Democratic House managers should ask the chief justice to issue subpoenas for John Bolton and others.

By Neal K. Katyal, Joshua A. Geltzer and Mickey Edwards – NY Times, January 27, 2020

Neal Katyal, former Solicitor General of the United States, explains that the rules governing impeachment proceedings enable the trial managers (led by Adam Schiff) to request of the presiding judge (Chief Justice John Roberts) to call witnesses without a majority vote by the Senate to approve.

If Congressman Schiff asks the Chief Justice for John Bolton to testify as a witness, the Senate can only overrule the Chief Justice’s decision with a two-thirds vote of the Senate according to Impeachment rules drafted in 1868.

From Katyal, Geltzer, and Edward’s op-ed yesterday (January 27) in the NY Times:

“…it turns out they [the Senators] don’t get to make that choice [to call witnesses]— Chief Justice John Roberts does. This isn’t a matter of Democrats needing four “moderate” Republicans to vote for subpoenas and witnesses, as the Trump lawyers have been claiming. Rather, the impeachment rules, like all trial systems, put a large thumb on the scale of issuing subpoenas and place that power within the authority of the judge, in this case the chief justice.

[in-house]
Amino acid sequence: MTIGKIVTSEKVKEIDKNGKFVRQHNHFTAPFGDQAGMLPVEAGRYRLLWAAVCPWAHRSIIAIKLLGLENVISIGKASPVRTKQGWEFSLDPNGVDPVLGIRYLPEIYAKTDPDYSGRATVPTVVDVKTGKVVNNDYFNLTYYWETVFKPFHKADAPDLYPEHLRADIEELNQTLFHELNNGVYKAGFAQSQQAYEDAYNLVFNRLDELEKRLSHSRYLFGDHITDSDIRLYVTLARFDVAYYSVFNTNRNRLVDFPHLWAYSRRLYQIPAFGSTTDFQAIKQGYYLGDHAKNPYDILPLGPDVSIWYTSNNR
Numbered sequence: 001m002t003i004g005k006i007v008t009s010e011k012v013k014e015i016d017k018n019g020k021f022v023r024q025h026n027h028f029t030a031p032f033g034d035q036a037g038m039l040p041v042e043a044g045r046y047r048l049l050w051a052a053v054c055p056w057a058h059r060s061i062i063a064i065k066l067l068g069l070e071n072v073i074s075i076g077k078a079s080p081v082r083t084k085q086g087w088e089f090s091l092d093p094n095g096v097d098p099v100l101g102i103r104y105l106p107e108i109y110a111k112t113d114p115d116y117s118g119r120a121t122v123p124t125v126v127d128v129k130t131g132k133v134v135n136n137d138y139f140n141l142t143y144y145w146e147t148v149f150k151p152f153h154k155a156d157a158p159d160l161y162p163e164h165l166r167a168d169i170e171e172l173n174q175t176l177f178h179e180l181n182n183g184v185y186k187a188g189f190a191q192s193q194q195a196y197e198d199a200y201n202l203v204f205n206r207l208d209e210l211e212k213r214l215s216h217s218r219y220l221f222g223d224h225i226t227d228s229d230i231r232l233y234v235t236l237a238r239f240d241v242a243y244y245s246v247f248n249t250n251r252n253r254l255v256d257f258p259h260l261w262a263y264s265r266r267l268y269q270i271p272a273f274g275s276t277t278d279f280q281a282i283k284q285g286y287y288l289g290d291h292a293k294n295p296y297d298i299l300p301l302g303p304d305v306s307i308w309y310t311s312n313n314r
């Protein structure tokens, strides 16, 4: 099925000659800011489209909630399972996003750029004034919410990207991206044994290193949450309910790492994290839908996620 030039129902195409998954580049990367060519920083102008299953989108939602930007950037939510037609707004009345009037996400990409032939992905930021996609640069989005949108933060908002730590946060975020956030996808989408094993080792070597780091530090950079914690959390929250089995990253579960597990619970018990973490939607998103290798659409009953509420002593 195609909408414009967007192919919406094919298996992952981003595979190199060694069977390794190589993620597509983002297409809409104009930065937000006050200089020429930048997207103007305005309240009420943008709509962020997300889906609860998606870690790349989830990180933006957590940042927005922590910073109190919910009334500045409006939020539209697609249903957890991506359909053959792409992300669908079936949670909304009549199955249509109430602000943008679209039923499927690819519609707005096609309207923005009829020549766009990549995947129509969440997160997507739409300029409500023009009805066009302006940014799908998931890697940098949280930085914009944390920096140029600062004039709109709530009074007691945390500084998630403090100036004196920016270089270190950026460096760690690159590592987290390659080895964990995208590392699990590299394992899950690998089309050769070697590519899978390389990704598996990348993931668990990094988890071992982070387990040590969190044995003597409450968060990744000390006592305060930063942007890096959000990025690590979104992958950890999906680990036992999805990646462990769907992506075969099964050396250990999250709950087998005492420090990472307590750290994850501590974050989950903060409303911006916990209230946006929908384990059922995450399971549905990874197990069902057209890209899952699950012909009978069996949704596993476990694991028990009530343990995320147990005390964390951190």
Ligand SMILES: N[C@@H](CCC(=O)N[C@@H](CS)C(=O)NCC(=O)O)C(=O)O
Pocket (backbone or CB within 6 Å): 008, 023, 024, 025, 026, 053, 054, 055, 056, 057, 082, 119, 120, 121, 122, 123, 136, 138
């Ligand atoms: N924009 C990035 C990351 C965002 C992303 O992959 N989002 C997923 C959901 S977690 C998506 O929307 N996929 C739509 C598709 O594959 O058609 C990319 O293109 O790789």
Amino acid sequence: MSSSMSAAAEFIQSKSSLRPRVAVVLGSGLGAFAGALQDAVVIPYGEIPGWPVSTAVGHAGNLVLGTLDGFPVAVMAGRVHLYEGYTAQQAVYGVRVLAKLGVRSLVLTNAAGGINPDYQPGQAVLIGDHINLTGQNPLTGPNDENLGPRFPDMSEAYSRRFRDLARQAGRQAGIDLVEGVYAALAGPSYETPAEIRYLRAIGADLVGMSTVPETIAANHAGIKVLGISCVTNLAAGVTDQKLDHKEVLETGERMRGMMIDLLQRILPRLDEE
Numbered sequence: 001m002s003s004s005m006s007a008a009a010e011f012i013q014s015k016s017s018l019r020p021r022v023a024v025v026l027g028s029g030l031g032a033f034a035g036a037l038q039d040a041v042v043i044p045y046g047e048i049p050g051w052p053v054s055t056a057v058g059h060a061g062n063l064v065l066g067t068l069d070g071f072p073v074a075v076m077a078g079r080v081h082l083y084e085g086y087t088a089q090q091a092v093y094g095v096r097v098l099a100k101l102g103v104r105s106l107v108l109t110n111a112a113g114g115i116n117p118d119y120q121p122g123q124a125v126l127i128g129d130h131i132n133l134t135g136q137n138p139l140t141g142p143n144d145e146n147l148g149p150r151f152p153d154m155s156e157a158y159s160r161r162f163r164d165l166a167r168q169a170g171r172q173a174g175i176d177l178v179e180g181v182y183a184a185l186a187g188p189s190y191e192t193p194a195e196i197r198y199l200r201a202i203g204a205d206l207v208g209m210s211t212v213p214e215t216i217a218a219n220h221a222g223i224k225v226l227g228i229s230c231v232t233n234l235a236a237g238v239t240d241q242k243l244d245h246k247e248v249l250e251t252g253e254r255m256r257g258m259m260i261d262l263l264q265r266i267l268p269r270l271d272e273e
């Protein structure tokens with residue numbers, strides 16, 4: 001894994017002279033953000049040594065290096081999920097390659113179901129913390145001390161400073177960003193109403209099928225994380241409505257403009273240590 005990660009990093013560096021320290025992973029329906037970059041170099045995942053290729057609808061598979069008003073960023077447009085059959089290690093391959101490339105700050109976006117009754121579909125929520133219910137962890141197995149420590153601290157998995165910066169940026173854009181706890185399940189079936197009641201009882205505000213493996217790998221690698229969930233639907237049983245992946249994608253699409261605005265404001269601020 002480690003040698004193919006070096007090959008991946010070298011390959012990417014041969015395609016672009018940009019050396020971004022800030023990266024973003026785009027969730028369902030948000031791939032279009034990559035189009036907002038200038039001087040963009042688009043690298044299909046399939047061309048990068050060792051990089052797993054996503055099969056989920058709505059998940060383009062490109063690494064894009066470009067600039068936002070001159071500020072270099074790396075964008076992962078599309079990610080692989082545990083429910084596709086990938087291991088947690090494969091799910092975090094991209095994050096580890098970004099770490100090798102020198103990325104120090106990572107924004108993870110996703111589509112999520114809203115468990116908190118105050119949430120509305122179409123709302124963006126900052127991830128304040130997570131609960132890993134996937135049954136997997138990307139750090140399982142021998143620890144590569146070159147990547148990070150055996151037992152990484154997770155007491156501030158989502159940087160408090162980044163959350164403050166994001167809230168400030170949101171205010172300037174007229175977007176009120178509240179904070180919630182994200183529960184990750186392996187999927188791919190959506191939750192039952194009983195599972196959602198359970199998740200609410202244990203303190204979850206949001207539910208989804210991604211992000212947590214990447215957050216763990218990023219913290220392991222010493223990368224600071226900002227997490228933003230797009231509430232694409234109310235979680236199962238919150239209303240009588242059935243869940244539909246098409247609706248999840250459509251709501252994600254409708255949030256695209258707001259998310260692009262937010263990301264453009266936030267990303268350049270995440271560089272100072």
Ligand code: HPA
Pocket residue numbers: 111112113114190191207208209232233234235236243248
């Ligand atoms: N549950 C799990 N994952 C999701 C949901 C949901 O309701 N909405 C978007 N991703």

Most critically, it would take a two-thirds vote — not a majority — of the Senate to overrule that. This week, Democrats can and should ask the chief justice to issue subpoenas on his authority so that key witnesses of relevance like John Bolton and Mick Mulvaney appear in the Senate, and the Senate should subpoena all relevant documents as well.”